Fire Blight

Fire blight is a common disease of plants in the rose family caused by the bacterium Erwinia amylovora. Apple, crabapple, pear, fire thorn, hawthorn, and quince are some of the most susceptible species. Symptoms first appear in the spring as new shoots turn black and bend downward forming a "shepherd's crook". Leaves droop and turn a dark color. Individual branches may look like they were scorched by fire.

The bacteria can survive the winter in cankers (sunken diseased areas) and diseased shoots. If moisture levels are high and the temperature is between 65 and 85 degrees, white bacterial ooze can start to drip from the diseased areas. The sticky, sweet ooze is attractive to insects that may pick up bacterial cells and carry them to healthy parts of the plant, such as flowers and leaves.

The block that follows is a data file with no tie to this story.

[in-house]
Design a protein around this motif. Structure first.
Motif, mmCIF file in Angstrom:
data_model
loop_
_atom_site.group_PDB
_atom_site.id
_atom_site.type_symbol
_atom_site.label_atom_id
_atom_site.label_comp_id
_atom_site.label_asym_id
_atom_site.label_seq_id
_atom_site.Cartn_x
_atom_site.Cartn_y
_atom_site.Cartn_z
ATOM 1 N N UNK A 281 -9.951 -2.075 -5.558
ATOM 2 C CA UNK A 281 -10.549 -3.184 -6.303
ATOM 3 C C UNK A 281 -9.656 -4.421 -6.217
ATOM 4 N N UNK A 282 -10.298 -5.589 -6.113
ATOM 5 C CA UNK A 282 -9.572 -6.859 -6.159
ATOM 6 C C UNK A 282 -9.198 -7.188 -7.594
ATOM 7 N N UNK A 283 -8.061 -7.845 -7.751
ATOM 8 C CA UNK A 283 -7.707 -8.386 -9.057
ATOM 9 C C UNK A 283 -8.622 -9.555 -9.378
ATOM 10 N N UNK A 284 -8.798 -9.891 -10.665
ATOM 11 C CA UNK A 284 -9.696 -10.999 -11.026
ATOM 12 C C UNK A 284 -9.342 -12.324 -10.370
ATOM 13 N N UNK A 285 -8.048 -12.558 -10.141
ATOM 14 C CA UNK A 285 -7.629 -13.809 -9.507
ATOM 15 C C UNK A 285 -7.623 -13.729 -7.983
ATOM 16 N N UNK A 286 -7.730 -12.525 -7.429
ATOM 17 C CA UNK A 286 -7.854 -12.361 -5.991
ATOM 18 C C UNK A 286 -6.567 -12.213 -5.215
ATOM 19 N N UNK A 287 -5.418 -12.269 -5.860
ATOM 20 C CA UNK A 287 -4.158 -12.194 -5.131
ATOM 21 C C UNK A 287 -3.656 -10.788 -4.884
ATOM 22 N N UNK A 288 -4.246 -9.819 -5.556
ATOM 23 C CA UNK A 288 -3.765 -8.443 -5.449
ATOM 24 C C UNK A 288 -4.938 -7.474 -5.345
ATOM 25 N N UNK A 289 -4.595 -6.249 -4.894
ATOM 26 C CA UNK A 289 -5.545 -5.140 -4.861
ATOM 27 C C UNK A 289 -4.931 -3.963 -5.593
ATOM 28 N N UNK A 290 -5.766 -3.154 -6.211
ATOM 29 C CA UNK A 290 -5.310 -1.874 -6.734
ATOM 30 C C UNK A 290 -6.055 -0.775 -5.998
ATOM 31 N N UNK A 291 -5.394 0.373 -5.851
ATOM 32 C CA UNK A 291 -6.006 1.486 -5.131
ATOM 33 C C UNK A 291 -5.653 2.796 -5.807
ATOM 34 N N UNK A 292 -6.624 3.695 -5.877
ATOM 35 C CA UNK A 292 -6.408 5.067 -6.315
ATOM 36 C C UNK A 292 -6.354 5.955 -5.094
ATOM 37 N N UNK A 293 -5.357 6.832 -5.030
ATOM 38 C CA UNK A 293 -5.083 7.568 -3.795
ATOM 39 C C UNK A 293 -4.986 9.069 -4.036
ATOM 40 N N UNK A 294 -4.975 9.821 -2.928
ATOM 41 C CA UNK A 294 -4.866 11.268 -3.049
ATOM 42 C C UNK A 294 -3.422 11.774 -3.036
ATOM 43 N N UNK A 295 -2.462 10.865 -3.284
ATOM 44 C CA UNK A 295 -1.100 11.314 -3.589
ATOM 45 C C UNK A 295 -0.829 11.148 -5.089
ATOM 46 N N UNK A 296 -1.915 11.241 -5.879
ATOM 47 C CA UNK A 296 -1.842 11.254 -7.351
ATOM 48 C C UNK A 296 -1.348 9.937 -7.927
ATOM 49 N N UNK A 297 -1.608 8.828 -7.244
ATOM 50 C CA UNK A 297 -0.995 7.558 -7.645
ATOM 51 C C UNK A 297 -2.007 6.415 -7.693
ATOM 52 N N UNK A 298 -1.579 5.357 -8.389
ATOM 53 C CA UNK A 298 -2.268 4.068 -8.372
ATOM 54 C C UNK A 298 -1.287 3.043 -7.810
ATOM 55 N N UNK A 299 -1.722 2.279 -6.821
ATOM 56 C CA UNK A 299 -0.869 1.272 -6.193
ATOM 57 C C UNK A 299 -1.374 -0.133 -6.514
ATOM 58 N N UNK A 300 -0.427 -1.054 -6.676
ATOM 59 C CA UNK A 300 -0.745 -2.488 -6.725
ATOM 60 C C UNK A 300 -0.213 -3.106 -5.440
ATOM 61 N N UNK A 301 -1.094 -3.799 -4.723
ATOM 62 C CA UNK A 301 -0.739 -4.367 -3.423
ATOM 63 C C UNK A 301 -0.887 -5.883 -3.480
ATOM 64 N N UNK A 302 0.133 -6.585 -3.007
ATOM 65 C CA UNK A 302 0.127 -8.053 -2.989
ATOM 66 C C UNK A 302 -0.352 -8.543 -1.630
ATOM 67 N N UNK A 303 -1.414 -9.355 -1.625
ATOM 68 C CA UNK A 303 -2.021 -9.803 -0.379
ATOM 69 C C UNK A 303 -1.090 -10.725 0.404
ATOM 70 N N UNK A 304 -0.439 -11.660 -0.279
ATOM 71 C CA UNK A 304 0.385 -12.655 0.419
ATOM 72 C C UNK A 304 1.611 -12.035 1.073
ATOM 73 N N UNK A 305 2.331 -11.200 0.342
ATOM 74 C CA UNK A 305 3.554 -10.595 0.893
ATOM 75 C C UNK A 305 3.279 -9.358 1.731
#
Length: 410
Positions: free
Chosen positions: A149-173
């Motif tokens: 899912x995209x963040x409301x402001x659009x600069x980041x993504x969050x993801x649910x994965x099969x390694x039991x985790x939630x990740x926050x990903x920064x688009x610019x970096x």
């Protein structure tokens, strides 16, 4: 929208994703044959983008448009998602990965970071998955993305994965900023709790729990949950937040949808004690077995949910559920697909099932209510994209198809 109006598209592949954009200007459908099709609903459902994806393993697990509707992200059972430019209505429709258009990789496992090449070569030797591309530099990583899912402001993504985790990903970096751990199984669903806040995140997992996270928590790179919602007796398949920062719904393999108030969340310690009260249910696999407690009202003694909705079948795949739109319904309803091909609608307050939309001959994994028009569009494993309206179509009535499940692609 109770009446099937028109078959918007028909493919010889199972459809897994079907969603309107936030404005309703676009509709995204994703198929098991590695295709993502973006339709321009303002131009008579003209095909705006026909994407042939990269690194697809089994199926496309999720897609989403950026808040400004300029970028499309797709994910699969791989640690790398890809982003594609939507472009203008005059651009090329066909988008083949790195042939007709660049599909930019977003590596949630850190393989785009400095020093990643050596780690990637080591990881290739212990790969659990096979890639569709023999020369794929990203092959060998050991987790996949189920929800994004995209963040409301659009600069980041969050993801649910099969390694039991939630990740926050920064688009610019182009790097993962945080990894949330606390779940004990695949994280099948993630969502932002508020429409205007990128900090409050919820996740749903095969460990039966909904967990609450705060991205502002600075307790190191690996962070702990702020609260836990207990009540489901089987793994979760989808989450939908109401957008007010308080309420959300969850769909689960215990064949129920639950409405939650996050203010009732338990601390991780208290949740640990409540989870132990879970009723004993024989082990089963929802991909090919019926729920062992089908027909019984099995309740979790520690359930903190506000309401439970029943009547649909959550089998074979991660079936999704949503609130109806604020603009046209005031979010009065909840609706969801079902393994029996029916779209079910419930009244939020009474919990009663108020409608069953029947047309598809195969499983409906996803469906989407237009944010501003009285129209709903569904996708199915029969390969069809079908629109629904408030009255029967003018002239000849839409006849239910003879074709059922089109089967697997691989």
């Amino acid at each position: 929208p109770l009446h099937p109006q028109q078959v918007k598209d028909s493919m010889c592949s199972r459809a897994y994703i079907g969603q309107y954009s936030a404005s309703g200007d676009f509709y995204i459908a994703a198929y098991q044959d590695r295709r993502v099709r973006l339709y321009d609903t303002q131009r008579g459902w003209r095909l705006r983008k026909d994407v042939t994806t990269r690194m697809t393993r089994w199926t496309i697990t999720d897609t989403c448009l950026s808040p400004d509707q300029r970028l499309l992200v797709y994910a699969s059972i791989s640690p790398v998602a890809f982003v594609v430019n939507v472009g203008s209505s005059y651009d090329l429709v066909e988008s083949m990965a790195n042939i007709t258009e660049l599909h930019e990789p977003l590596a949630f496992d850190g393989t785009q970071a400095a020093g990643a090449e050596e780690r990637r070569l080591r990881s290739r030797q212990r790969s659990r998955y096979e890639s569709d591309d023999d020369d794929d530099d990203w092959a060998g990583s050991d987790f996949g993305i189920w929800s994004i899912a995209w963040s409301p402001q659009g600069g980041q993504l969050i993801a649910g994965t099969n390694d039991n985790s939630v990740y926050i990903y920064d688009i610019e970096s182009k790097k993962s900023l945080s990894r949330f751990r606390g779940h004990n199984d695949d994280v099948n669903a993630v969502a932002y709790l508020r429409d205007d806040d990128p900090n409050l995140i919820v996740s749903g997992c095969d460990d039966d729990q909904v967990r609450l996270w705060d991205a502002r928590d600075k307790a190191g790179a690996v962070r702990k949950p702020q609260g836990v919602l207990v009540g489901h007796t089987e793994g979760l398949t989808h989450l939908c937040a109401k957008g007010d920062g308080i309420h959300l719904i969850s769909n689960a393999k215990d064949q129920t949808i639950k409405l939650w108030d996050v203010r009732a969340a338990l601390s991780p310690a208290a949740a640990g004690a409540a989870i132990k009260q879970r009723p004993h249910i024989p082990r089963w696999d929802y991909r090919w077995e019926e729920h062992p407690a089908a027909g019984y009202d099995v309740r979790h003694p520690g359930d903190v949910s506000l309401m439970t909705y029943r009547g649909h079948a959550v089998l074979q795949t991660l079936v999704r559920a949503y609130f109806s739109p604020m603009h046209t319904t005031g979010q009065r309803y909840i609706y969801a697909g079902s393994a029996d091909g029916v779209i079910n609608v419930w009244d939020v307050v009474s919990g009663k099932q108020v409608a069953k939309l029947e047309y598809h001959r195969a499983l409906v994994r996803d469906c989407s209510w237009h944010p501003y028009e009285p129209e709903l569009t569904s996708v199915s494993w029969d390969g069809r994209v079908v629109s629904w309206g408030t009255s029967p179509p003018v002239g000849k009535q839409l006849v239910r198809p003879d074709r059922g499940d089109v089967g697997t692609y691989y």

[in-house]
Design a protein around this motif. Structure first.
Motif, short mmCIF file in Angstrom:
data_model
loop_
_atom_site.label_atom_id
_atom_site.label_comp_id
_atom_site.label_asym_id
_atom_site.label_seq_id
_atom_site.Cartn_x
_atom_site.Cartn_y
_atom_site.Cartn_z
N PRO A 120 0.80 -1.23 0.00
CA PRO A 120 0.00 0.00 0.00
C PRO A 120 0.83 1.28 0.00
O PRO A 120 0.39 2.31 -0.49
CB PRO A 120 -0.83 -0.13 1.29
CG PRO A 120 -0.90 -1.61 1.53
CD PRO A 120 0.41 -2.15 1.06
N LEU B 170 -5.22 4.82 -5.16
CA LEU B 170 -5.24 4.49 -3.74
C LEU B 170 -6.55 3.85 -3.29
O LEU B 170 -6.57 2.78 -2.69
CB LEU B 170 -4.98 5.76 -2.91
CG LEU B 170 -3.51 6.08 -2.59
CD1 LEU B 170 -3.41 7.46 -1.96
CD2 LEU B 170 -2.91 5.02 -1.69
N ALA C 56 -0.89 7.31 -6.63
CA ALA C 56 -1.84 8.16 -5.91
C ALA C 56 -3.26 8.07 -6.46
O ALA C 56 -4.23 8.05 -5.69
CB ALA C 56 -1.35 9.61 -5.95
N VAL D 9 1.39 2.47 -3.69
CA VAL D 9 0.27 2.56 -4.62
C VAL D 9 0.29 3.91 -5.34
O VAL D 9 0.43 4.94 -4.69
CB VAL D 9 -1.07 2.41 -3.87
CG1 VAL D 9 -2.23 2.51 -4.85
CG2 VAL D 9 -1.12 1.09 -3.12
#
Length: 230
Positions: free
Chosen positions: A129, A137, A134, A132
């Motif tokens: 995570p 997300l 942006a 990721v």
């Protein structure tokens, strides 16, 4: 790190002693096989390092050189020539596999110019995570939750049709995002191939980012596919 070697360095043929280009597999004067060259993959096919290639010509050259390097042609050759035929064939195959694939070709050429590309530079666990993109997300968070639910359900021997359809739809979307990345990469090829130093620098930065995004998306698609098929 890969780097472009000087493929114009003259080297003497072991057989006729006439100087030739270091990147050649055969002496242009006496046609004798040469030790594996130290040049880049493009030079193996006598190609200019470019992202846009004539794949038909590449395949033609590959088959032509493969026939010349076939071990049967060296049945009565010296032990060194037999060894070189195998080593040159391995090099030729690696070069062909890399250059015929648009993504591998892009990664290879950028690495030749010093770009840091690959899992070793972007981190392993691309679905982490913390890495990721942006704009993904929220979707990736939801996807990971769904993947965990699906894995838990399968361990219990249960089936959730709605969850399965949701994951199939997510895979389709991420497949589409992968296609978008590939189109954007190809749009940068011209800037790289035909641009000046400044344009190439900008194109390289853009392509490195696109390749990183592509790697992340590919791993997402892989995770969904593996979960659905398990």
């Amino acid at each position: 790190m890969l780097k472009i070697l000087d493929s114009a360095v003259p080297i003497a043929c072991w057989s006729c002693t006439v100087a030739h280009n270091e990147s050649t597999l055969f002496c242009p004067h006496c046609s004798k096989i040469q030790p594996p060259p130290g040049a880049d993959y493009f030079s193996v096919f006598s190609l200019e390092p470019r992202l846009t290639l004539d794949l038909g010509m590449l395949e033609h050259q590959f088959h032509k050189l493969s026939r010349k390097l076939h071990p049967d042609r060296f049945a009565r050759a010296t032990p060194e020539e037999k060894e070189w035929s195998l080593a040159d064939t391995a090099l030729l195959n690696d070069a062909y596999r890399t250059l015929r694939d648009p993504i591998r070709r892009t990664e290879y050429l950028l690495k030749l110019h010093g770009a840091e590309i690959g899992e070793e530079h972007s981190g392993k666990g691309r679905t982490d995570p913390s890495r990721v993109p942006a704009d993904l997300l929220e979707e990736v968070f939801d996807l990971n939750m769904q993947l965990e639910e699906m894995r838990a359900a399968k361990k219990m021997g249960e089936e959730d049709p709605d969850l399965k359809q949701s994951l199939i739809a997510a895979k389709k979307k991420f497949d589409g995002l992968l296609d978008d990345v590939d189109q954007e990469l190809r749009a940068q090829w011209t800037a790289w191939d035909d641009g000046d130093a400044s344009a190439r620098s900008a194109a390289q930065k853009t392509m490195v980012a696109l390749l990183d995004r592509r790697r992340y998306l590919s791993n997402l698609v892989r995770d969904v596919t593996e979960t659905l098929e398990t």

Sanitation is the most important management recommendation for controlling fire blight. The best time to prune is when the plants and the bacteria are dormant. Also, pruning while plants are dry helps prevent spreading the bacteria because they can be carried in water. Pruning cuts should be made about 12 inches below the diseased areas. Whenever possible, plant fire blight resistant cultivars. Bactericides (antibiotics or copper sulfate) are available, but they are typically only used by commercial growers. Without good sanitation bactericides will be ineffective.

This article originally appeared in the May 24, 2002 issue, p. 69.


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